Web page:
Film Review: Let the Corpses TanToo much is almost enough.
Stylish swagger goes full-tilt boogie inLet the Corpses Tan, the latest delirious exercise in lovingly retro pastiche from Brussels-based writer-directors Hélène Cattet and Bruno Forzani. Having amassed a devoted cult following with luridly horror-flavored Amer (2009) and The Strange Color of Your Body's Tears (2013), the duo now adapt an influential 1971 French novel. The result is a spectacularly assaultive, borderline incoherent neo-western that will recruit few new converts but is also guaranteed to leave no spectator indifferent.
A politically engaged polymath who died at age 53 in 1995, Jean-Patrick Manchette collaborated with Jean-Pierre Bastid on his debut novel Laissez bronzer les cadavres, which re-energized the hard-boiled "polar" thriller-genre with cutting social critique. It's somehow never been translated into English, whereasLa Position du tireur couché (1981) became The Prone Gunman, the source of Pierre Morel's abortive 2015 Sean Penn action-vehicle The Gunman. That $40 million picture sputtered in multiplexes, but Let the Corpses Tan is emphatically aimed at a much more niche market.
Plotwise, the screenplay is both very simple and crazily convoluted. Bernier (Marc Barbe), a clapped-out writer, is living in crumbling bohemian splendor in a residence atop a craggy peak overlooking the Mediterranean (most of the filming was done in Corsica). He passes the time in a sun-stroked stupor amid various hangers-on including his eccentric sometime muse, Luce (Elina Löwensohn).
Their decadent seclusion is interrupted one hot Friday when perpetrators of a nearby armored-car robbery, with whom they are somehow previously acquainted, turn up wanting to lie low. Led by grizzled veteran Rhino (Stéphane Ferrara), the gang have made off with 250 kilograms (550 pounds) of gold after brutally executing the loot's guards. Before long, a pair of leather-clad, motorbike-riding gendarmes (Hervé Sogne and Dominique Troyes) arrive on the scene; Bernier's young wife (Dorylia Calmel) and son (Bamba Forzani Ndiaye) also call in unexpectedly, accompanied by the kid's nanny (Marine Sainsily).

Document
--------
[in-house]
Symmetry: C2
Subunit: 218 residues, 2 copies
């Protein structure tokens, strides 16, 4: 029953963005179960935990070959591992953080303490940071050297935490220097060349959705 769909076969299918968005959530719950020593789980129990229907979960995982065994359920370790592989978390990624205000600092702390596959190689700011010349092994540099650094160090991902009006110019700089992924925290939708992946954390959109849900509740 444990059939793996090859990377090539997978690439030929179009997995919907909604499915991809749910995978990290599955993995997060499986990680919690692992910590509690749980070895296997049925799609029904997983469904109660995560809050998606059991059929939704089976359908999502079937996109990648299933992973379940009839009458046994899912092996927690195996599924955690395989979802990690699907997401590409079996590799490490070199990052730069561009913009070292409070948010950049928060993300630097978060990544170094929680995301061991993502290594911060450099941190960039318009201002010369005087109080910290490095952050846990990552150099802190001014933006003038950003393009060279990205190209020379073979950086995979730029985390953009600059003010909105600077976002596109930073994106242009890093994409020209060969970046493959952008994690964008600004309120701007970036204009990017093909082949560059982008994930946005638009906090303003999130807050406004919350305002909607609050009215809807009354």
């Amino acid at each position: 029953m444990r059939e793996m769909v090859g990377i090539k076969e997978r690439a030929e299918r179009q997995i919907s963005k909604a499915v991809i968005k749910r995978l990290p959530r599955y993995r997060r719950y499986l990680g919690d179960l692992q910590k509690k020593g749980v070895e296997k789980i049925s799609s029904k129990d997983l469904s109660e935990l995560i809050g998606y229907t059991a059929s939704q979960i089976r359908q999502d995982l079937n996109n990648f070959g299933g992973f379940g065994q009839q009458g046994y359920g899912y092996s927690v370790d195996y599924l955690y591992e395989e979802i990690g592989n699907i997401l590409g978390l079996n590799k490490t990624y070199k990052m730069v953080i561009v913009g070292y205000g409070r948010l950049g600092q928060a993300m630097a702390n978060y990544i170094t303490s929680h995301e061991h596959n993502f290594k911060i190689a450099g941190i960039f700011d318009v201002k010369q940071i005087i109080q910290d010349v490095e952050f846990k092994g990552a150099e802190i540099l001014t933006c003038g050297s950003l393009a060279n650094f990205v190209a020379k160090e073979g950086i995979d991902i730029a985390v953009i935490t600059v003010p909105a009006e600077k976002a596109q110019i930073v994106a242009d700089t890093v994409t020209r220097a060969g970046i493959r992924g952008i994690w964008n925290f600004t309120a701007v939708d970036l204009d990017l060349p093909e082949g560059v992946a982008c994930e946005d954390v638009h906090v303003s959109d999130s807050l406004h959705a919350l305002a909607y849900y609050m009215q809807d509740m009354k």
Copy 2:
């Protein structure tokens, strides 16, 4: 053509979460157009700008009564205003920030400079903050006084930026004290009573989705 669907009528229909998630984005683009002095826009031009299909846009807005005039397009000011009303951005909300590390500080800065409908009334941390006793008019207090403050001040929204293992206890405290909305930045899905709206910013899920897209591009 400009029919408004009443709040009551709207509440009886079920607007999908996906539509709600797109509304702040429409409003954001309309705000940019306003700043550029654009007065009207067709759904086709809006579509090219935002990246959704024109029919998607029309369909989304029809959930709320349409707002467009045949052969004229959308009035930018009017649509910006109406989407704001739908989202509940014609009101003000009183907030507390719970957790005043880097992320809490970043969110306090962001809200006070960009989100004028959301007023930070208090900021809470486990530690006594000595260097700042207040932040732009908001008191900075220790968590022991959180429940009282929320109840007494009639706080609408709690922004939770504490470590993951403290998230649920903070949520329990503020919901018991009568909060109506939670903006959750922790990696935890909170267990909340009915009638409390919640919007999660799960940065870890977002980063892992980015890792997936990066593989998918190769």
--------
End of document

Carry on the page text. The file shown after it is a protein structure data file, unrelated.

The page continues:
Once all of the protagonists are duly assembled, a protracted and absurdly over-the-top series of shootouts commence, their berserk frenzy—amid a welter of stylistic tics and tricks—making Ben Wheatley's Free Fire look like the proverbial vicars' tea party. Working once again with virtuoso editor Bernard Beets, the directors deploy frequent date-stamps to chop up the action into staccato fragments over the course of a single, very hectic 24-hour period. The double- and triple-crosses quickly become almost impossible to follow for those unfamiliar with Manchette and Bastide's original, and after a while it's very tempting to simply surrender to the bizarro flow of images and sounds.
Let the Corpses Tan is variably engaging as a drama—the frenetic surface flashiness, all whips and zooms and machine-gun cutting, barely attempts to hide the hollowness within. Apart from veteran indie/underground queen Löwensohn's amusingly uninhibited and sardonic Luce, the characters are barely more than ciphers, and Manchette's social commentary aspects have largely been jettisoned. But there are compensations: The soundtrack is an extravagant and constantly stimulating delight and has the makings of a crackerjack release in its own right. Making copious and imaginative use of pre-existing cuts by genre legend Ennio Morricone and hit songs by 1960s smash Nico Fidenco, among others, Cattet and Forzani assemble an immersive bygone soundscape.
Indeed, the picture works best when it eschews dialogue and plot altogether and the lush musical elements combine with the intense hues of Manu Dacosse's 16mm-shot visuals to stimulatingly trippy effect. Wearing each and every one of their influences on their gaudy, blood-spattered sleeves, the duo—with assistance from Quebecois "guest director" Karl Lemieux—revel in postmodern kitsch in a self-indulgent and repetitive manner that will send impatient audiences scurrying for cover. But while their box of tricks is undeniably limited, current narrative cinema would be the poorer and duller without their particular, polymorphously perverse provocations.--The Hollywood Reporter